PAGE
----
A Cautionary Tale to Lenders — When Might You Be Responsible for a Borrower’s Tax Debts?
In the case of Toronto-Dominion Bank v. Canada, the Federal Court of Appeals agreed with the lower court's ruling, which enforced the secured creditor TD Bank (the "Bank") to pay the CRA for the unremitted goods and services tax ("GST") amounts collected by the tax debtor, and Bank's borrower (the "Borrower"). This ruling was issued despite the borrower having repaid their debt to the Bank two years earlier, and the Bank having already discharged its mortgage security following the successful sale of the Borrowers real estate to a bonafide purchaser.
Toronto-Dominion Bank v. Canada: The Backstory
The chain of events begins with the borrower collecting GST equal to $67,854 (the "Amount") in 2007-2008 while running their landscaping business. Following this, the Borrower did not succeed in remitting the Amount to the Receiver General, which led to tax liability to the CRA. The Borrower went on to seek a loan from the Bank in 2010 — who, unaware of their tax liability, granted a credit line and term loan — which was held against a mortgage over the Borrower’s real estate, “the Mortgage”. In the following year, the Borrower went on to sell this property, paying their credit facilities back in full. The Bank, therefore, discharged its mortgage security against the property.
Fast forward to 2013. The CRA enforced deemed trust claims for the Amount against the Bank, both in 2013 and 2015, under section 222 of the ETA. This legislation serves the following purposes:
1. To create a deemed trust in favour of the Crown with regards to GST and;
2. To extend this deemed trust to the property of a tax debtor and;
3. To extend this deemed trust to include any property held by secured creditors
Following these deemed trust claims, the Bank refused to pay the Amount, which is where the legal proceedings for the case begin. The Federal Court upheld the arguments of the CRA, and the Bank subsequently took its case to the Federal Court of Appeals.
Toronto-Dominion Bank v. Canada: The Decision of the Federal Court of Appeals
In this case, the Federal Court of Appeals agreed with the Federal Court that the profits on the sale of the Borrower’s real estate fall under the deemed trust and that the Bank is subject to pay the Amount under section 222 of the ETA. What this means is that the Borrower should have used the profits from the earlier property sale to repay the GST to the CRA. When he failed to do so — and instead used the proceeds to repay his obligations to the Bank — this tax liability was shifted onto The Bank as the secured creditor.2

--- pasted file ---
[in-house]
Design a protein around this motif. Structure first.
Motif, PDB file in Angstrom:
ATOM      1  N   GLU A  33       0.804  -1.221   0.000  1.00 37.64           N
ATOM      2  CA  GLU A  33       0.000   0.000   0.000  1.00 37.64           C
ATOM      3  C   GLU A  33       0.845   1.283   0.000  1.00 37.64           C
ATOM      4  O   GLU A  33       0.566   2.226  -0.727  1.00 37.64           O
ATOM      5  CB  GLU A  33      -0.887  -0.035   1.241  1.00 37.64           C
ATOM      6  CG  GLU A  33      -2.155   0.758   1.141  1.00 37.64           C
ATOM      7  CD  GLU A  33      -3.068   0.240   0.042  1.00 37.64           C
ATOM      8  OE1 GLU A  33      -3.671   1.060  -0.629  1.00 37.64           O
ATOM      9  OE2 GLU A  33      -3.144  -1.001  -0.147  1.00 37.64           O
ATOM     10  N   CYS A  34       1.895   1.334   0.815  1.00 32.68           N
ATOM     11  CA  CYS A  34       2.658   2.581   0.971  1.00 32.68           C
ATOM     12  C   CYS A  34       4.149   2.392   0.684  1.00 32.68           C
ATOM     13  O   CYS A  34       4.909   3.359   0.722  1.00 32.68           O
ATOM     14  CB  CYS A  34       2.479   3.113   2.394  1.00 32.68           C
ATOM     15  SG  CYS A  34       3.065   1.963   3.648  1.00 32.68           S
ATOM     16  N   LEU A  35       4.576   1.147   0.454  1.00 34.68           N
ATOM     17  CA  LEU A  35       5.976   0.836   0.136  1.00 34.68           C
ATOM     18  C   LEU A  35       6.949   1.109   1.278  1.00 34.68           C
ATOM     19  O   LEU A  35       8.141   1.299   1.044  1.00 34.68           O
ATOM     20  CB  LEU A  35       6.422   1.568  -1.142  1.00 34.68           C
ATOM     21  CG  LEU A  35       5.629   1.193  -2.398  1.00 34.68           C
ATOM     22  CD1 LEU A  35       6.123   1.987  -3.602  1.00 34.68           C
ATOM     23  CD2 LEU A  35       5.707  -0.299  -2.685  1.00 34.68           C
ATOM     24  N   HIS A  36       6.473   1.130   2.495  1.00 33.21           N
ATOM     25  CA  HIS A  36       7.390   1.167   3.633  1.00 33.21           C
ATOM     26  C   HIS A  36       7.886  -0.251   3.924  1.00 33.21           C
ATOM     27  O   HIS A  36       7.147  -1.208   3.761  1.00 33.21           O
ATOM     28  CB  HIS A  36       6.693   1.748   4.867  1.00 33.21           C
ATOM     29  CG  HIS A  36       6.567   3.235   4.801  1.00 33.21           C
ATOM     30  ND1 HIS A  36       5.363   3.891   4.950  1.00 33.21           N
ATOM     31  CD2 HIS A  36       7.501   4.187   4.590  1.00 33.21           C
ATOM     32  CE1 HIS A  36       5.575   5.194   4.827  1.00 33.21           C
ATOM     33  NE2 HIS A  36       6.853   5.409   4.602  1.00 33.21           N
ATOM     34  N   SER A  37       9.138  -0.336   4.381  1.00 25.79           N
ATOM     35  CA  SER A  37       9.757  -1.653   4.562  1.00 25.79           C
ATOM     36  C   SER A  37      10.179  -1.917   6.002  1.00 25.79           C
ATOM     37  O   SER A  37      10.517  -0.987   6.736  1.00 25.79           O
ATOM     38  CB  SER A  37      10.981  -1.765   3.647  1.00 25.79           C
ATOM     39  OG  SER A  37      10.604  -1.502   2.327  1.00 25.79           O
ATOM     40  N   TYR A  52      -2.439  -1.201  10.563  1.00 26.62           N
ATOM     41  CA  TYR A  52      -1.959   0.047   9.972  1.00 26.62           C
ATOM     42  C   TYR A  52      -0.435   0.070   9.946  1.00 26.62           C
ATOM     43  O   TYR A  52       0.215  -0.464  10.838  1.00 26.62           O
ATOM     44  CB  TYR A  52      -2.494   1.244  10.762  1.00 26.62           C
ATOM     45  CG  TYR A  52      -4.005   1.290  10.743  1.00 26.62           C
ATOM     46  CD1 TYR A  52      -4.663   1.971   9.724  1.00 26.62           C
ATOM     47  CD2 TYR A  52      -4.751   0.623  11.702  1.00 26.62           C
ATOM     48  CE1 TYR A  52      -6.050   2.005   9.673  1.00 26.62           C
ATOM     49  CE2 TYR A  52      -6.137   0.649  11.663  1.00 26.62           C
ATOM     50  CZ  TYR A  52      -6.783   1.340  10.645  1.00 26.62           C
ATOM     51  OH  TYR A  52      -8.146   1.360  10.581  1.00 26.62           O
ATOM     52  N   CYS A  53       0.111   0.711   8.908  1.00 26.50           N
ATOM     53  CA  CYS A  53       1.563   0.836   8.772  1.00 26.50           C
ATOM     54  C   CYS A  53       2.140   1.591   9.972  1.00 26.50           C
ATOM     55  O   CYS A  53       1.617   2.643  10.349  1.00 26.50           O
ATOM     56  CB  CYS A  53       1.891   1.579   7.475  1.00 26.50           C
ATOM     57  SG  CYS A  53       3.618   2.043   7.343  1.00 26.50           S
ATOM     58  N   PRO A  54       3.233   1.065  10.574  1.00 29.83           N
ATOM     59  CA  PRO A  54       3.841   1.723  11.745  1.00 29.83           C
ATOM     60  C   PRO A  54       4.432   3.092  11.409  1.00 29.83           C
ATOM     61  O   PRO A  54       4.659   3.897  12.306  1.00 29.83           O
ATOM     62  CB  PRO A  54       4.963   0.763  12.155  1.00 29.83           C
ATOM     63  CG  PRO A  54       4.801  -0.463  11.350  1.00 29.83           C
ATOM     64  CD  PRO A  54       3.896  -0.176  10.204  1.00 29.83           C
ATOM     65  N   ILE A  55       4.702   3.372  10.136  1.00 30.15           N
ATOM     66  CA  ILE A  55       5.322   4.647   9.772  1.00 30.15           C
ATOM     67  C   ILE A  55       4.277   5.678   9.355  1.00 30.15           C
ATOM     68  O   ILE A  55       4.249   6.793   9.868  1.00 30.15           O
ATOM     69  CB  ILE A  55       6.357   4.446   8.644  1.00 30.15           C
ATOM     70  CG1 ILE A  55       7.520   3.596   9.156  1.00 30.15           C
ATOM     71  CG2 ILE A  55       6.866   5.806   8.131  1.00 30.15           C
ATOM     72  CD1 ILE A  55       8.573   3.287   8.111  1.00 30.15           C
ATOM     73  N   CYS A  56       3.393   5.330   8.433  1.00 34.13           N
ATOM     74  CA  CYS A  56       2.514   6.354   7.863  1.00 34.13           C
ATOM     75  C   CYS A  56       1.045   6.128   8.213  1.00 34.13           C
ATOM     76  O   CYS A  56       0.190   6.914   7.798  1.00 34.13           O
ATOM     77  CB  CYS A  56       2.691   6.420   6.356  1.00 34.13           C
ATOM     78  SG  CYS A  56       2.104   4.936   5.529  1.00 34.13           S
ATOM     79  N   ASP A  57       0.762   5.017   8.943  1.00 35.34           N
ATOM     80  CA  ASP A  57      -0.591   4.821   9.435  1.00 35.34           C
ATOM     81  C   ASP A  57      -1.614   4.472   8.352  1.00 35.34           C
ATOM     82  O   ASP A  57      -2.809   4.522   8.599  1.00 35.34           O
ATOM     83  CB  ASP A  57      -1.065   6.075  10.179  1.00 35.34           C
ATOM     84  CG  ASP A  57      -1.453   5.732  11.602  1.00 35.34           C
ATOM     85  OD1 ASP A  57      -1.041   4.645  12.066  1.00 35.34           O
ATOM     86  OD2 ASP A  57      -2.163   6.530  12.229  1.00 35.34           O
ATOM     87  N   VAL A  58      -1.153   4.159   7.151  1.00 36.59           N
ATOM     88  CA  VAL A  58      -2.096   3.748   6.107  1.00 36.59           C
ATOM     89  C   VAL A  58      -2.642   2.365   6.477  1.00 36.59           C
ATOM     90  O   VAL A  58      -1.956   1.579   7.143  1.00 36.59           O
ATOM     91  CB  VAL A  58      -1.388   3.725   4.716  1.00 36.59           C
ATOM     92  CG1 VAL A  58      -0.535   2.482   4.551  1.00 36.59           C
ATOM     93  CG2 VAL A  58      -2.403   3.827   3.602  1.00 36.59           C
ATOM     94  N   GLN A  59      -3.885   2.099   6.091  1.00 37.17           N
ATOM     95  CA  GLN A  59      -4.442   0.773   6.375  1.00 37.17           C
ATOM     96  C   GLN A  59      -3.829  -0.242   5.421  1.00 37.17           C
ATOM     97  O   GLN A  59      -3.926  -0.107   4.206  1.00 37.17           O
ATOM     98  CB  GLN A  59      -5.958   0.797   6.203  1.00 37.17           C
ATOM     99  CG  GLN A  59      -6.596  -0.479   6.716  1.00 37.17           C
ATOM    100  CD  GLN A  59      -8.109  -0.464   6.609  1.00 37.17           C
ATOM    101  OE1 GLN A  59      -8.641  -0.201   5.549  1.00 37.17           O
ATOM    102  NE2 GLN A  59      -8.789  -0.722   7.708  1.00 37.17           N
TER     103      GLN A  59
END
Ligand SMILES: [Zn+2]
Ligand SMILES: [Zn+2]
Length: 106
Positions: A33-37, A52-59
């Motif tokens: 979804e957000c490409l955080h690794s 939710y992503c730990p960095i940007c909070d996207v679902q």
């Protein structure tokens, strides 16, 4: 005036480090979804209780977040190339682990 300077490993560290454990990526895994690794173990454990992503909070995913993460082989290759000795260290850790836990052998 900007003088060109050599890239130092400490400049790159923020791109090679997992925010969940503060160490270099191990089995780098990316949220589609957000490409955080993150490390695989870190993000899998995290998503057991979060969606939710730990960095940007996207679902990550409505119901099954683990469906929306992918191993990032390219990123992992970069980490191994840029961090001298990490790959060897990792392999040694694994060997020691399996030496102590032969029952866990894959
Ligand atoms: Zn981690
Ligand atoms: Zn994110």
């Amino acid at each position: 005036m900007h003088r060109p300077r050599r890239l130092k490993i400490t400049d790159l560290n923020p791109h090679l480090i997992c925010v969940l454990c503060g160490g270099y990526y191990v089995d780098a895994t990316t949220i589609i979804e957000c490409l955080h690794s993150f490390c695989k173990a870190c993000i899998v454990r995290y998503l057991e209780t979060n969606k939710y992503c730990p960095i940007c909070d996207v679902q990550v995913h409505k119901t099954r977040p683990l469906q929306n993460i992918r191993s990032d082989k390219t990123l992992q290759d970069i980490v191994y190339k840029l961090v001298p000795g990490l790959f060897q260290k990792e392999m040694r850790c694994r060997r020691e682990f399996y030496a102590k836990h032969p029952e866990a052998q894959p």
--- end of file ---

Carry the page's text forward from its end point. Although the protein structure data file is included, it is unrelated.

In employing section 222, the Court used the phrase "despite any security interest in the amount" to indicate that Parliament grants absolute priority to the deemed trust in respect of property subjected to a security interest, without regard to the date that security interest arose and the time the GST was collected.
The Court ultimately determined that deemed trusts do not necessitate any triggering events, and simply occur when GST is collected and not remitted.3 The Court rejected the Bank’s use of the bonafide purchaser defence to refute the deemed trust provision, finding that a secured creditor cannot be compared to third-party purchasers.4 The Bank, in turn, attempted to argue that shifting the tax liability onto the Bank is bad policy. The Court deferred to parliament and responded that their responsibility lies with upholding the deemed trust rather than addressing bad policy.5
What is the Key Takeaway for Lenders?
The Court issues standard advise that all Lenders should follow to protect their interests.67 Their advice can be summarized as follows:
● It is the responsibility of the Lender to identify high-risk borrowers before granting any loans and;
● At the lender’s discretion, they should consider adjusting the terms of the mortgage to require tax compliance evidence before lending and discharging security, in addition to;
● Requiring authorization to verify the Borrower’s outstanding liabilities directly with the CRA (note that such authorization should be provided within the CRA’s official forms, which expire within 6 months).
Another security option that Lenders might consider is requiring the Borrower to post an appropriate amount of cash security where a discharge of security is required. Such cash security would stand in place of collateral until a CRA clearance certificate is received. These steps can cause delays in closing transactions, and lenders should be aware that obtaining CRA clearance certificates can be an arduous and lengthy process.